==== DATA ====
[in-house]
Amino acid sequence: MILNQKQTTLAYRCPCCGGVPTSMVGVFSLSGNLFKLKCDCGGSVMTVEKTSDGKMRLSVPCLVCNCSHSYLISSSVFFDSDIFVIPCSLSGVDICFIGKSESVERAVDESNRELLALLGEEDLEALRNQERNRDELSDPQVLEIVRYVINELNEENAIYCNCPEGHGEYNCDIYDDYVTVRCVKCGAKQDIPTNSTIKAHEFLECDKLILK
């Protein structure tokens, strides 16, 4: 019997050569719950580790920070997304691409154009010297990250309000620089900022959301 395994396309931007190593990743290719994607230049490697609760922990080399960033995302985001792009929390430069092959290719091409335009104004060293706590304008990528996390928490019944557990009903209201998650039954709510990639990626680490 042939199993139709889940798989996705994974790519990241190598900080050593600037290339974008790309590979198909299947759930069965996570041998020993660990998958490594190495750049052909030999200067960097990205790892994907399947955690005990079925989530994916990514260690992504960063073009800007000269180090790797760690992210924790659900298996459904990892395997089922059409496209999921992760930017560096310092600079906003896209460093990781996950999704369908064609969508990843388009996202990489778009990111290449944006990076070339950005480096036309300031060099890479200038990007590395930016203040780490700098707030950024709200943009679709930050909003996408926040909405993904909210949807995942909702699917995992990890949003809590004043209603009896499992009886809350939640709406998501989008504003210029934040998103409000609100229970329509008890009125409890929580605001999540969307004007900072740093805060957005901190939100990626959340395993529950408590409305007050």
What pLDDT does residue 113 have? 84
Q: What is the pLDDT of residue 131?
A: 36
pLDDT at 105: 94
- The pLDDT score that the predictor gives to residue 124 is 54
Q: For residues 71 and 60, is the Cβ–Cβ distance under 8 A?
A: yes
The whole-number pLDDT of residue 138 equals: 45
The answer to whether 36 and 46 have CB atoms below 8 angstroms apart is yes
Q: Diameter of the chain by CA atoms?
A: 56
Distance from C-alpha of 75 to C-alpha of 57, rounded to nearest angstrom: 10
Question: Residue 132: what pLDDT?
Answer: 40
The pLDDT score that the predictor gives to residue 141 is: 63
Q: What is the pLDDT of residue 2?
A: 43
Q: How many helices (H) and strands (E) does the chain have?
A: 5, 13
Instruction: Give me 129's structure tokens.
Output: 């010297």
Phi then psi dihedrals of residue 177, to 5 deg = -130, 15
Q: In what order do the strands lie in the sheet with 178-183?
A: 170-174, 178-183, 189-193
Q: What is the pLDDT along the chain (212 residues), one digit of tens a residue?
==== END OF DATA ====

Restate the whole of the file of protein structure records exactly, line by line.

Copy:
[in-house]
Amino acid sequence: MILNQKQTTLAYRCPCCGGVPTSMVGVFSLSGNLFKLKCDCGGSVMTVEKTSDGKMRLSVPCLVCNCSHSYLISSSVFFDSDIFVIPCSLSGVDICFIGKSESVERAVDESNRELLALLGEEDLEALRNQERNRDELSDPQVLEIVRYVINELNEENAIYCNCPEGHGEYNCDIYDDYVTVRCVKCGAKQDIPTNSTIKAHEFLECDKLILK
């Protein structure tokens, strides 16, 4: 019997050569719950580790920070997304691409154009010297990250309000620089900022959301 395994396309931007190593990743290719994607230049490697609760922990080399960033995302985001792009929390430069092959290719091409335009104004060293706590304008990528996390928490019944557990009903209201998650039954709510990639990626680490 042939199993139709889940798989996705994974790519990241190598900080050593600037290339974008790309590979198909299947759930069965996570041998020993660990998958490594190495750049052909030999200067960097990205790892994907399947955690005990079925989530994916990514260690992504960063073009800007000269180090790797760690992210924790659900298996459904990892395997089922059409496209999921992760930017560096310092600079906003896209460093990781996950999704369908064609969508990843388009996202990489778009990111290449944006990076070339950005480096036309300031060099890479200038990007590395930016203040780490700098707030950024709200943009679709930050909003996408926040909405993904909210949807995942909702699917995992990890949003809590004043209603009896499992009886809350939640709406998501989008504003210029934040998103409000609100229970329509008890009125409890929580605001999540969307004007900072740093805060957005901190939100990626959340395993529950408590409305007050």
What pLDDT does residue 113 have? 84
Q: What is the pLDDT of residue 131?
A: 36
pLDDT at 105: 94
- The pLDDT score that the predictor gives to residue 124 is 54
Q: For residues 71 and 60, is the Cβ–Cβ distance under 8 A?
A: yes
The whole-number pLDDT of residue 138 equals: 45
The answer to whether 36 and 46 have CB atoms below 8 angstroms apart is yes
Q: Diameter of the chain by CA atoms?
A: 56
Distance from C-alpha of 75 to C-alpha of 57, rounded to nearest angstrom: 10
Question: Residue 132: what pLDDT?
Answer: 40
The pLDDT score that the predictor gives to residue 141 is: 63
Q: What is the pLDDT of residue 2?
A: 43
Q: How many helices (H) and strands (E) does the chain have?
A: 5, 13
Instruction: Give me 129's structure tokens.
Output: 């010297």
Phi then psi dihedrals of residue 177, to 5 deg = -130, 15
Q: In what order do the strands lie in the sheet with 178-183?
A: 170-174, 178-183, 189-193
Q: What is the pLDDT along the chain (212 residues), one digit of tens a residue?